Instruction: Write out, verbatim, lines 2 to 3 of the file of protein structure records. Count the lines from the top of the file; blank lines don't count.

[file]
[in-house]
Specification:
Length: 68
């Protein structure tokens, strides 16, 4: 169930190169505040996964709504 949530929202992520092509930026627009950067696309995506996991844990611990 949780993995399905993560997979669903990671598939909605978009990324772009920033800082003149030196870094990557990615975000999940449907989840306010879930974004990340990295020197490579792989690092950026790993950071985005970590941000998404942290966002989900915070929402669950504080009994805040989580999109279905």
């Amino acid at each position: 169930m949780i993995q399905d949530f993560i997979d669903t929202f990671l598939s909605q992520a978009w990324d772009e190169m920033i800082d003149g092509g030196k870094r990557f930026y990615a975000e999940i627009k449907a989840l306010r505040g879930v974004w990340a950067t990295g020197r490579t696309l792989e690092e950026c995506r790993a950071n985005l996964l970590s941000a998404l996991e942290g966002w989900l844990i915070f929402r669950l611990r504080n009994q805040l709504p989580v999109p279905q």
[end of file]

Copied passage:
Specification:
Length: 68